On Saturday the 15th October the young people of Hay will show off their extraordinary talents with the final performance of Outback Theatre for Young People’s Alive and Kicking project. Featuring alongside the event will be the launch of a brand new public gallery outside the Hay Post Office and Council Buildings.
Following on from last year’s very successful workshops and performance, Outback Theatre for Young People’s Mandy Field returned to Hay in May and has been working with young people during school hours, afterschool and school holidays at a studio established in a disused shop in Alma St. For over twenty weeks young people aged between 5 and 18 have been exploring theatre, dance, stop-motion animation, film, photography and story development.
Expressed through a variety of art forms, and drawing on dreams and memories, young people have created community and personal histories. Weaving together historic photographs, newspaper articles, interviews with parents and grandparents and the ever present influence of the local landscape.
These works will be presented on Saturday 15th October, starting at 6pm at the Outback Theatre for Young People Creative Space at 390 Alma St.
Devised entirely by the young people of Hay, under the artistic direction of Mandy Field the performance event will feature the Tunnel of Stories interactive Box-Maze, Memories from the Box shadow plays by young people from across the Hay community; short films made with video artist Sam Hoffmann including stop motion animations by Stage 2 & 3 at Hay Public School; Dreamings, stop motion animations made with Seniors from Hay War Memorial High School, Junkyard Hustle, a silent film made with Yr 9/10 drama students at Hay War Memorial High School, with special extra scenes made with hip-hop artist, Nick Power.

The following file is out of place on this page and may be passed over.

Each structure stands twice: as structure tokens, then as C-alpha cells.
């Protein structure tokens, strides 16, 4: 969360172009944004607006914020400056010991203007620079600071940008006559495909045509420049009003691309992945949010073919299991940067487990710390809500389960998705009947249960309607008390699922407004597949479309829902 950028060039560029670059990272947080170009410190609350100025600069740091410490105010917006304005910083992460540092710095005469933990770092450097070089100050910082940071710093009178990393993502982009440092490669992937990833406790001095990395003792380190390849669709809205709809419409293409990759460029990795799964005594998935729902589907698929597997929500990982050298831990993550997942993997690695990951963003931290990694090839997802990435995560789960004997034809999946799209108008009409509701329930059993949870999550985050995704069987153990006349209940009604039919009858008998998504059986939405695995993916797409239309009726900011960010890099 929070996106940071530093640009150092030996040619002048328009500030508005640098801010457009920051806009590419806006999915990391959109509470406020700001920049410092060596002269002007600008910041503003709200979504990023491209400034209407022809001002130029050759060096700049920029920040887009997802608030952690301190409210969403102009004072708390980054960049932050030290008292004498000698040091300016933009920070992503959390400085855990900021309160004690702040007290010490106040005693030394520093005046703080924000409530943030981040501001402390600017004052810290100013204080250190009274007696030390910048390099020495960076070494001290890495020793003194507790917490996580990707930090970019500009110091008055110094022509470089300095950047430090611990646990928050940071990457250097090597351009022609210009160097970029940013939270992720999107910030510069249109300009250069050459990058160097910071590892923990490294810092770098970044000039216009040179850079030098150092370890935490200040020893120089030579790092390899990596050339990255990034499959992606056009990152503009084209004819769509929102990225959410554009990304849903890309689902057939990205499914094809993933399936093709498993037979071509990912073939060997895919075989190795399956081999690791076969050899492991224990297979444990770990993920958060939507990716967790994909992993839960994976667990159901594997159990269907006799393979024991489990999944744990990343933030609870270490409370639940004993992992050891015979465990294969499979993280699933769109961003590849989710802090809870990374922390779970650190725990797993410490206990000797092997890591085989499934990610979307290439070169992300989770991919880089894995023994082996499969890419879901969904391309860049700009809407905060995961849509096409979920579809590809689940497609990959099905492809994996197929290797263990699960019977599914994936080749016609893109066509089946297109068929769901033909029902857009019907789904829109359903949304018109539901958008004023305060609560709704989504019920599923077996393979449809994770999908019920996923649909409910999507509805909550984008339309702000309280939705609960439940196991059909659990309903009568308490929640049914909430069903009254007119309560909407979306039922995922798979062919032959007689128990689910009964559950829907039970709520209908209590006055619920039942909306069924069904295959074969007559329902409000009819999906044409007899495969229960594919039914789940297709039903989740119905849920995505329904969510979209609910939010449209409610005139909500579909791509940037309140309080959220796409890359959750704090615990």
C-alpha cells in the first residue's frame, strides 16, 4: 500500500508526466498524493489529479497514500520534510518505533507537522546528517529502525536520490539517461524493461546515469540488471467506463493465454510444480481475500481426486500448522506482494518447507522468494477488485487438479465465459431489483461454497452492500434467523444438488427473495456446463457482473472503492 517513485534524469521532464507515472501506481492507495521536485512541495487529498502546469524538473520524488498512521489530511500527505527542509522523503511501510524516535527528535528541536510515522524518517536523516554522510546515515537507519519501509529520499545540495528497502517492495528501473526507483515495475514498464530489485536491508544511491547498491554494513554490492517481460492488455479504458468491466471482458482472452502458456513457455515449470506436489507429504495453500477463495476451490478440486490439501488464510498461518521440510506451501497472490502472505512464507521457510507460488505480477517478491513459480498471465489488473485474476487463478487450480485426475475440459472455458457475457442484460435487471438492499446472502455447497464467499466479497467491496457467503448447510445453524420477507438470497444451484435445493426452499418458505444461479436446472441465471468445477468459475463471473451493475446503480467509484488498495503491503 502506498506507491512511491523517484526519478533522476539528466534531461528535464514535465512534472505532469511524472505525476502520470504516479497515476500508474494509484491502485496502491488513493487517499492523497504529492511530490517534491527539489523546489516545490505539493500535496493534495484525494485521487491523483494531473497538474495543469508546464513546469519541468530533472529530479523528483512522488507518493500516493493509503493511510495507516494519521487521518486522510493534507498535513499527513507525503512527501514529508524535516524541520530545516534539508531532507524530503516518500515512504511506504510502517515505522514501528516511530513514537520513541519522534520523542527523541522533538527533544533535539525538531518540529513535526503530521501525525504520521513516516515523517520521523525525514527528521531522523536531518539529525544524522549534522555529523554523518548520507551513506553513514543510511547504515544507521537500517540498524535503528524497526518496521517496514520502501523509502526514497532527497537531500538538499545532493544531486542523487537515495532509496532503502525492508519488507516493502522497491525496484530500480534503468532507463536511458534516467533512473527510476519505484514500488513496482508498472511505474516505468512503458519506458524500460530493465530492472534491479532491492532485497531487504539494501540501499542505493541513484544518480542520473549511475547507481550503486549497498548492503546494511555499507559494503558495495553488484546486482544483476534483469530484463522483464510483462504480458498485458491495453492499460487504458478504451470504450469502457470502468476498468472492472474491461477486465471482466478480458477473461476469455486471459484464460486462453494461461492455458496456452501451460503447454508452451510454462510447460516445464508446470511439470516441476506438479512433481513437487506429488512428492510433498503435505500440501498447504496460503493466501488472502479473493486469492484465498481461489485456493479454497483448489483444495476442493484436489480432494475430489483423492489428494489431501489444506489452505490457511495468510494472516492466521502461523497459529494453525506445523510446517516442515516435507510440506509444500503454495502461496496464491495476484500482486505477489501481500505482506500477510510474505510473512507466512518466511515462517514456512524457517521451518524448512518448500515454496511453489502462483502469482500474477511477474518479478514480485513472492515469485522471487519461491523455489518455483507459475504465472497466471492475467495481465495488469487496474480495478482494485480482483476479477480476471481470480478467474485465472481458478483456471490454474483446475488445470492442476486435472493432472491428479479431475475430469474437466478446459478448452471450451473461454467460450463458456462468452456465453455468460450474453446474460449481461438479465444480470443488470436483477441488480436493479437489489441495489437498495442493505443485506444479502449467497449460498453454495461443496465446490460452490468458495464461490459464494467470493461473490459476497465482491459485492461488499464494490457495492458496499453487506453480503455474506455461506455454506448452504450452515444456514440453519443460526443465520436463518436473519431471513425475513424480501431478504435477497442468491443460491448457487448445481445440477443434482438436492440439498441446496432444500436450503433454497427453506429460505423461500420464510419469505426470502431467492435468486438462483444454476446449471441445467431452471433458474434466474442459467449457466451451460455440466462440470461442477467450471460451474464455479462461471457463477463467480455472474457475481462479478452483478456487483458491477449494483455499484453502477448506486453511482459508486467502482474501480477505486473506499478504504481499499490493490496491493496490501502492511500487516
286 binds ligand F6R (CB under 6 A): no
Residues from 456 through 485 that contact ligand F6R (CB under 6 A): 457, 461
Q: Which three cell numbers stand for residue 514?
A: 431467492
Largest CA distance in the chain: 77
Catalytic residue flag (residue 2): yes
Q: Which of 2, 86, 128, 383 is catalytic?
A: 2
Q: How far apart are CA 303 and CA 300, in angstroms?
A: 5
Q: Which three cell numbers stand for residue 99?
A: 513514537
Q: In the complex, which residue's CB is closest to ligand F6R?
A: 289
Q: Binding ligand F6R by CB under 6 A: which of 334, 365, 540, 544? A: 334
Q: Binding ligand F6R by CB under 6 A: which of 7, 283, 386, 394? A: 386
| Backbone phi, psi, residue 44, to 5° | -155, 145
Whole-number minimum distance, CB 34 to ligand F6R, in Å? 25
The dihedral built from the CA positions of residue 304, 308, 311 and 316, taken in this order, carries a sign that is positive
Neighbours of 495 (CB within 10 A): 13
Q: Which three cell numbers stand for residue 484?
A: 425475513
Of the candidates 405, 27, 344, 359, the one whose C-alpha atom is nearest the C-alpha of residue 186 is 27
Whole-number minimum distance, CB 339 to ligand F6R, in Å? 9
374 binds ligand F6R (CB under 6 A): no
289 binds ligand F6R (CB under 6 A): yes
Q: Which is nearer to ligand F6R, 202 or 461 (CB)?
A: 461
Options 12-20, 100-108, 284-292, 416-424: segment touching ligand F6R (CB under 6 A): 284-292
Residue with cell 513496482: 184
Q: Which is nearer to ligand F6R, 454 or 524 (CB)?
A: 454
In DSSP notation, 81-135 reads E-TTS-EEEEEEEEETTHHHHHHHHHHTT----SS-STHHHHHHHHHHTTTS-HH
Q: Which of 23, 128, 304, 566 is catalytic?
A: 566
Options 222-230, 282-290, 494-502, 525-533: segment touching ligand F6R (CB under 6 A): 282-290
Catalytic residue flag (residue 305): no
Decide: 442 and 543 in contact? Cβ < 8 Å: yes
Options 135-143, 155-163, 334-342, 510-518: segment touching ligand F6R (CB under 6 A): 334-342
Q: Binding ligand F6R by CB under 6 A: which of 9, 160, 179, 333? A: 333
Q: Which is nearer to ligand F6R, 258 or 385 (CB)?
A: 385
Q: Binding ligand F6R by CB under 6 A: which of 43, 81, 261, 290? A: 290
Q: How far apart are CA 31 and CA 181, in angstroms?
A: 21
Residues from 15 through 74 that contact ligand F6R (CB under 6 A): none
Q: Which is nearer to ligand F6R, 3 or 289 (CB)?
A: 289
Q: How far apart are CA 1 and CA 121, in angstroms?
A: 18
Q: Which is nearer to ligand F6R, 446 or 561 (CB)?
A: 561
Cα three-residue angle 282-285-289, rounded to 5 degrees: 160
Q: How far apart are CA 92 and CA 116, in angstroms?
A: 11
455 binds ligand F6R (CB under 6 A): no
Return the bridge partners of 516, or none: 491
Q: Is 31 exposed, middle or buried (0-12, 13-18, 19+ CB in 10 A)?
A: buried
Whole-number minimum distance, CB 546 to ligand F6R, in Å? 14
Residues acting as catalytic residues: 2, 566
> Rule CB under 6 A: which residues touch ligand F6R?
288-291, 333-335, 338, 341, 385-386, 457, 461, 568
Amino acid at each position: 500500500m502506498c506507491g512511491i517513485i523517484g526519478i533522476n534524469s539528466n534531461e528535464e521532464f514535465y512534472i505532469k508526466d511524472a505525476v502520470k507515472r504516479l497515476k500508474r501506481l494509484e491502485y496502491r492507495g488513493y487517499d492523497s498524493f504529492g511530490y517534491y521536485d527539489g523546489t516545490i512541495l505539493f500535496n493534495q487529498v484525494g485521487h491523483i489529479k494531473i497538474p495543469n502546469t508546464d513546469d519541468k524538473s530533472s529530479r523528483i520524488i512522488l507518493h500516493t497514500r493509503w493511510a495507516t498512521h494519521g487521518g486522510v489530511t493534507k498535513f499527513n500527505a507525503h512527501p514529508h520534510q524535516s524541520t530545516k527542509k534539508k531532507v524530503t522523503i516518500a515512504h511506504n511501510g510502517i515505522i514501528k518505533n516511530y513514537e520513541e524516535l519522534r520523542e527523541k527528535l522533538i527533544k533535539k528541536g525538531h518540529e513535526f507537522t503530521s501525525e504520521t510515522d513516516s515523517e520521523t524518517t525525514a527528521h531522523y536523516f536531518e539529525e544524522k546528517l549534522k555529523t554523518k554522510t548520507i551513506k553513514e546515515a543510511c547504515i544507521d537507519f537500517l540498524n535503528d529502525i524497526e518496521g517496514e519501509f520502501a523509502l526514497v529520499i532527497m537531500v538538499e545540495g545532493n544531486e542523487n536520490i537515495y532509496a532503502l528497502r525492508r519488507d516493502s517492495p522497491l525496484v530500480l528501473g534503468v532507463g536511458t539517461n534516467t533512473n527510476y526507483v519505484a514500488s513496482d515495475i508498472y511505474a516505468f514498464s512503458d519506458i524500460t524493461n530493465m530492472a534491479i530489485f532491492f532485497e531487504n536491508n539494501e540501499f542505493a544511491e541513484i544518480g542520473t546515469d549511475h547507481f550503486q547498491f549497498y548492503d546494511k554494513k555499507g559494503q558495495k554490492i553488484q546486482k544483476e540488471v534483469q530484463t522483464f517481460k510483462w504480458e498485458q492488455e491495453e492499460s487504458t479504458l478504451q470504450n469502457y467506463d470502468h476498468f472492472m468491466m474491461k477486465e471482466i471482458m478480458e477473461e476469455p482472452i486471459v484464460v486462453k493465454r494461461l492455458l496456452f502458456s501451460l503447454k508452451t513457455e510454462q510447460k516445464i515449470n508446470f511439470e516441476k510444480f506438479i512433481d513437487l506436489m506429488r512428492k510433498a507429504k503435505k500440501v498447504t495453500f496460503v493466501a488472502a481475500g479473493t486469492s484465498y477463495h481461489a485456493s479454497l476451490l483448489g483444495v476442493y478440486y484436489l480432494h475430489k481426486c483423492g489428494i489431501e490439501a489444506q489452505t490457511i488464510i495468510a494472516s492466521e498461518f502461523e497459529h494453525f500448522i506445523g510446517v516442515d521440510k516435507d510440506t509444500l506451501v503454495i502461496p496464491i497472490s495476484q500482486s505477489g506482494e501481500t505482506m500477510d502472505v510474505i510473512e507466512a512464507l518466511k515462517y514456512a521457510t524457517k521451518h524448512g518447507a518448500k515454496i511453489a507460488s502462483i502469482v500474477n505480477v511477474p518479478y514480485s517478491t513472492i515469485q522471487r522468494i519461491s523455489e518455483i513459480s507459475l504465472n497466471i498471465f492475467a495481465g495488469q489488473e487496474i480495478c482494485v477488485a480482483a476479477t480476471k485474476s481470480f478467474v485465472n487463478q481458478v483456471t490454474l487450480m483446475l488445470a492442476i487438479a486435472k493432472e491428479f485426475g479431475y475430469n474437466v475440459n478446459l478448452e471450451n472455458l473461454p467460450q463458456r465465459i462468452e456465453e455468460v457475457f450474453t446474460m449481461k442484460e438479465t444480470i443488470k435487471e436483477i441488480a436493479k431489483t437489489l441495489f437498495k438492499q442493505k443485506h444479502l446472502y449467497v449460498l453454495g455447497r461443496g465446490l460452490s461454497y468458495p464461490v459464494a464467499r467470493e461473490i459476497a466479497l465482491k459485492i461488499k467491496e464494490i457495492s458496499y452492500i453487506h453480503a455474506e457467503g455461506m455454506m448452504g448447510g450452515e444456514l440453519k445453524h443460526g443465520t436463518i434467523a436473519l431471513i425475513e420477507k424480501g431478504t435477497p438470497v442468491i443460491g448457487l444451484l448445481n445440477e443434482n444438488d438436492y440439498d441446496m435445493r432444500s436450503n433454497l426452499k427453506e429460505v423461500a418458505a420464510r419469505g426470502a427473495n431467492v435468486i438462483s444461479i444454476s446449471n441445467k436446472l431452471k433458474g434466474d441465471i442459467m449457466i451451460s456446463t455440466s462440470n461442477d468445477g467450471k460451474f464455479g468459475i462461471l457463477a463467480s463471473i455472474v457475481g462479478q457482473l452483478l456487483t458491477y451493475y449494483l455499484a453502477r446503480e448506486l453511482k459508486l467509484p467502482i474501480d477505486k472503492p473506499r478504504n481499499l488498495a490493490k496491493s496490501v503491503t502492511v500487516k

OTYP Artistic Director, Mandy Field says, ‘The material produced for the Alive and Kicking Project is both personal and whimsical and often fantastical! It could only have been created by these young people from this town at this time, in that the works have a local signature, they bear the influence of Hay’s truly unique and inspiring local landscape, with its intersecting highways, the mighty Murrumbidgee River and the immense Hay Plain.”
Following the performance the audience will take a short walk to Lachlan St to celebrate the new light box gallery in the walkway outside the Hay Post Office and Council Buildings. The light boxes are a semi-permanent exhibition space provided by the Hay Shire Council, and Better Futures Fund, where young people’s visual art work will be regularly displayed.
The History in the Making exhibition will launch the light box gallery, featuring works made by young people in collaboration with Sydney based artists Rachel Peachey and Paul Mosig.
‘The young people of Hay now have a permanent platform within which to present their artwork publicly,’ said Mandy Field, ‘The Hay Shire Council should be applauded for their ongoing support and advocacy of youth arts!’
The work of these young people has had huge support from the community, the schools and the Hay Shire Council. Zoe Watson, Visual Arts and Photography, Video and Digital Imaging teacher at Hay War Memorial High School says, ‘Our students have responded very positively to the professional tutors who are working with them to develop their skills in these art forms. As a result, there is a positive atmosphere in our school at the moment that we plan to continue with the introduction of light boxes. These light boxes will offer us an opportunity to display works from Visual Arts, Photography, Graphics and Textile classes and showcase the growing talent we have at Hay War Memorial High School.’
‘Mandy, thank you for your expertise and infectious enthusiasm in providing the young people in Hay with an opportunity to express themselves through Outback Theatre. Such an opportunity is a vital component of healthy development of our youth, and, is very well received by Council.’ says Allen Dwyer, General Manager at the Hay Shire Council, ‘The light boxes planned for the main street walkway will give additional life to the heart of the business district as well as provide the opportunity to display the talent of our youth.’